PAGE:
The Nostalgia and Sorrow of the Southwest

There is something special for me about Native American literature.

Maybe it’s because so many of the stories take place in lands that I also have known. For I too am a child of the southwest and have the desert sands, the hostile wildness and the frightening monsoons raging through my own tempestuous soul.

Native American

In my own youth I would explore the wildness of our lands. Wildness which the soft people of the east don’t really understand. A world of grand distances, of dangerous animals and deadly insects. Of guns and a war both against nature and each other and salted by the recent reminders of life scraped out at the very fringes of civilization. Tombstone: The Town Too Tough To Die. Photographs of Geronimo and Big Nose Kate and Wyatt Earp not imported by the elites but because that’s where they were taken, and its where they belong. Jerome, a city lost now in its own past as well after the mines dried up, the resting place of the lost ghosts of our past. The tribal lands that we pass through often stopping to eat some food – fry bread perhaps – while looking at a monument sacred and enduring. The Navajo and the Pueblo and the Apache. The Hopi with their amazing artwork; in silver and turquoise, delicate like the desert mountain flowers, the spirits of the land awakened by the expert care of the craftsmen.

Life out west is filled more with nature – we are closer to our forests and our lakes and our mountains; we remember days when they were not fully contained in the national imagination, when they were still empty and unconquered; they often still are. “The French have romanticized the Tuareg, like we have our own western history,” an uncomprehending easterner once told me, his voice thick with the sneer of the calcified supervised societies of New England. We were working together in Mali, and he couldn’t understand it – just as he didn’t understand my desert and the indomitable spirit of its wanderers. “They don’t realize that those times have moved on forever, that the past is gone.” Except its not gone, because it still lives in the caves where we find the remnants of ancient fights; in the guns we still carry because the distances are too great and we are responsible for ourselves. Where we still look out over a vast free open space, big skies and indomitable mountains and we contemplate the wildness and the freedom.

But there’s the other side too; that which makes Native American literature haunting. The stories are so full of sorrow and nostalgia; of a past long lost and forgotten, stories of defeat without future, of a futility and sadness that has become such a part of the lives of the people from the ancient tribes and clans of American pre-history. To have lost everything; but yet to still abide – that is the great dilemma; and it is the job of the good writers to capture it. My writing is also full of desperation and hardship and trials, from places I have been and things I have seen; of past and meaning and loss. It is for the sensitive writer to fill pages with this; not with adventure and sex, but instead with yearning.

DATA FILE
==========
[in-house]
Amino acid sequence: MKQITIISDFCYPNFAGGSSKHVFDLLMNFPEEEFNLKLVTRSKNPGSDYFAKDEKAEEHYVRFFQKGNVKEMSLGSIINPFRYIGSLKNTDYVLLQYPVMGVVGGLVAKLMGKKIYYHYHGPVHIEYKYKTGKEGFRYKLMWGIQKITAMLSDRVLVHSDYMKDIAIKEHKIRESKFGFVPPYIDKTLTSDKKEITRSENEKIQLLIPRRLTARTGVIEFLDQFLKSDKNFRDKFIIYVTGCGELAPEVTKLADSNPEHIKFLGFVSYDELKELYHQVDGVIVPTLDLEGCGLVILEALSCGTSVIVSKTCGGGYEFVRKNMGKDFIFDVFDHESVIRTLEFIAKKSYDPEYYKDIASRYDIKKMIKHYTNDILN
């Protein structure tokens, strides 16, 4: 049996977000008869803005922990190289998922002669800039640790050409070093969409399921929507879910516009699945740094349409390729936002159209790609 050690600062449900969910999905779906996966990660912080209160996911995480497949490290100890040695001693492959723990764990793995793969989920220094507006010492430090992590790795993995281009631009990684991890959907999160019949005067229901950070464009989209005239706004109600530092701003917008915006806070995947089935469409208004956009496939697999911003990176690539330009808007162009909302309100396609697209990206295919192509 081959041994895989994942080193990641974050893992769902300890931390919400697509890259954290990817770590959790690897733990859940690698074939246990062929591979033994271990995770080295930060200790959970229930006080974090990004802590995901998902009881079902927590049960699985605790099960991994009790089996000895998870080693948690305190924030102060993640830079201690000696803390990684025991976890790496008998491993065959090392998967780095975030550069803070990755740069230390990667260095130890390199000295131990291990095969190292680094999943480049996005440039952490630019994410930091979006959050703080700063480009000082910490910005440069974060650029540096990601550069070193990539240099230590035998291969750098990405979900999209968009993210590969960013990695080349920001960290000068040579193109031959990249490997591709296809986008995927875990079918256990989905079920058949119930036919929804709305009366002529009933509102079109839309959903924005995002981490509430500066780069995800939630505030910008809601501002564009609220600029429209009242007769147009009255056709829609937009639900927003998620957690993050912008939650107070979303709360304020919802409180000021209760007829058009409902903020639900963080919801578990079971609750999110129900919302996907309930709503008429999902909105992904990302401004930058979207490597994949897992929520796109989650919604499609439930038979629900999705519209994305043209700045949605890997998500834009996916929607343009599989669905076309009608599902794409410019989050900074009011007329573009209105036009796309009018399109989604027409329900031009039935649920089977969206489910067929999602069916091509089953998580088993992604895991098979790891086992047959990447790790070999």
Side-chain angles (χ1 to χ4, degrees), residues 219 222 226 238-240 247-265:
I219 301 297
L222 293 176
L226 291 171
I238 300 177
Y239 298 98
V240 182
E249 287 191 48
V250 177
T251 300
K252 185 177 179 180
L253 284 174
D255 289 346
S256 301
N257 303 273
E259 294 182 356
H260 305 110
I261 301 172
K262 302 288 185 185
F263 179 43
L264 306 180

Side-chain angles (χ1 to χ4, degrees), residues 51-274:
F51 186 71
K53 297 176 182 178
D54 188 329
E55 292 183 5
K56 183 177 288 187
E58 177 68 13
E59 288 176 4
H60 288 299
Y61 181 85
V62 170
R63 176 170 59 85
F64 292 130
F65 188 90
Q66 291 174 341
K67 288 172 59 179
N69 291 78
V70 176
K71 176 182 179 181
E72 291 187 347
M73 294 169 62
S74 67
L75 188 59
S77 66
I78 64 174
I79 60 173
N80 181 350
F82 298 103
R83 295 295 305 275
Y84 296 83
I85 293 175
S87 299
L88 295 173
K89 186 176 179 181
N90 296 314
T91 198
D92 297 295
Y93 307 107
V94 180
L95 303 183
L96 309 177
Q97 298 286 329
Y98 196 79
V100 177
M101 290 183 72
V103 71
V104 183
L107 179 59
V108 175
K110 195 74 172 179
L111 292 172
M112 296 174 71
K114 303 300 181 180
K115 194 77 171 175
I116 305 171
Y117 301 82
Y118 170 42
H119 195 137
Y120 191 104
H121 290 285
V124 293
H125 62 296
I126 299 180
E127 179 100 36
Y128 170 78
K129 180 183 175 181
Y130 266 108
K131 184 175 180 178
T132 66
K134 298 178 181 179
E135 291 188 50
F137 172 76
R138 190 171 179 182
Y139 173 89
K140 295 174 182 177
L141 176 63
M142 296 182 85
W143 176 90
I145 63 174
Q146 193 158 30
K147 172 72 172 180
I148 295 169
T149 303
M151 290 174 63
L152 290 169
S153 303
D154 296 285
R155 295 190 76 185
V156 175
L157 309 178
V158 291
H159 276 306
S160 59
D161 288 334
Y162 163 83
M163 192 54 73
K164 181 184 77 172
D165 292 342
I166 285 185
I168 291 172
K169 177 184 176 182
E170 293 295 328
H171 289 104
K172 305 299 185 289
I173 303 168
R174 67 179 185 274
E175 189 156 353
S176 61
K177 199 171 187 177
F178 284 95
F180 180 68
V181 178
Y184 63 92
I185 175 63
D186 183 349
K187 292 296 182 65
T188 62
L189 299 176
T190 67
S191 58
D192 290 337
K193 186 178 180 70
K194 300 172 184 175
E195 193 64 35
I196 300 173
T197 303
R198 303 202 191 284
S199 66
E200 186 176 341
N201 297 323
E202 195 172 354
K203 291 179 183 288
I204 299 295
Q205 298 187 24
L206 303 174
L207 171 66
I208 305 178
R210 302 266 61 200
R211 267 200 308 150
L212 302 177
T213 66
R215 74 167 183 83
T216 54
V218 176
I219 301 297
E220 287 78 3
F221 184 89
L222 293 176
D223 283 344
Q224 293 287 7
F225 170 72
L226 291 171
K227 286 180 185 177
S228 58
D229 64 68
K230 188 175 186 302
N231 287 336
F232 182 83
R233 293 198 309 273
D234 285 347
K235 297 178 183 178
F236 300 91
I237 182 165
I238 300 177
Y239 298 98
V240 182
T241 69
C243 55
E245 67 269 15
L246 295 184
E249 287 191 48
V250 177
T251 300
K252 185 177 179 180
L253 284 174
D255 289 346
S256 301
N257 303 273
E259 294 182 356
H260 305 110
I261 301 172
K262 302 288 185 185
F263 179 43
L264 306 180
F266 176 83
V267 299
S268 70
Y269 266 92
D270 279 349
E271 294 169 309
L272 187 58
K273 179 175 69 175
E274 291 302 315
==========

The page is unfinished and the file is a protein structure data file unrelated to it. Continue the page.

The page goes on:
I just finished The Man to Send Rain Clouds. It is a collection of short stories written by Native American authors – and they are lovely and haunting and powerful. Full of the richness of a life lived close to the land and the bitterness of loss. You must read these, if you claim to love literature – to love America. Read them even, or perhaps especially, if you are from the calcified safe societies of the east. You will be better for it.


About Joel D. Hirst

Joel D. Hirst is a novelist and a playwright, author of "Lords of Misrule", a novel about jihad in the Sahara. Joel has also written "The Lieutenant of San Porfirio" and its sequel "The Burning of San Porfirio" about socialist Venezuela's collapse, and rebirth. His fourth novel is "I, Charles, From the Camps", the tragic story of Uganda and the LRA, coming out in April.
This entry was posted in America, Book Review, Literature, Uncategorized. Bookmark the permalink.

3 Responses to The Nostalgia and Sorrow of the Southwest

  1. mentorman says:

    Joel…on this Saturday morning, ’tis the second time I’ve read this exceptional post. Having been raised in the lush NW in western Oregon, and having married, 51 years ago, a wonderful woman who grew up in the sparse SW in Arizona, in what was then a “remote suburb” of Phoenix, we have come to deeply appreciate the intriguing differences and the unique sameness of where our lives got started. Now we live in the Denver, CO area, with access to the magnificence of the Rocky Mountains. Barren desert, lush forests, vistas that take our thoughts and hopes to the edge of the horizon are to be celebrated for their purpose-filled differences. Your welcome writing aids us in celebrating life…no matter where we find ourselves. Thank you………..!!!


    • Thank you for your words!! Denver is indeed part of our “west”, with idiosyncracies all its own. My parents lived in the springs for almost 8 years – and my little boy still talks about “grandma and grandpa in colorado springs”. Enjoy it; and enjoy our amazing west. I have spent so many years now in hard places, right now still in West Africa; and its memories of our wide open, clean places that sometimes center me.


  2. I would love to read this book Joel, wish it was in our bookstores here in Uganda. I’ve always felt terrible at the systematic genocide carried out against the native Americans and thought much of their stories were wiped out, since they mostly told stories and didn’t write. This should be a treasure indeed, akin to the lost stories of ancient civilizations like the Mayans or dare I say – Atlantians. Thanks for compiling them.


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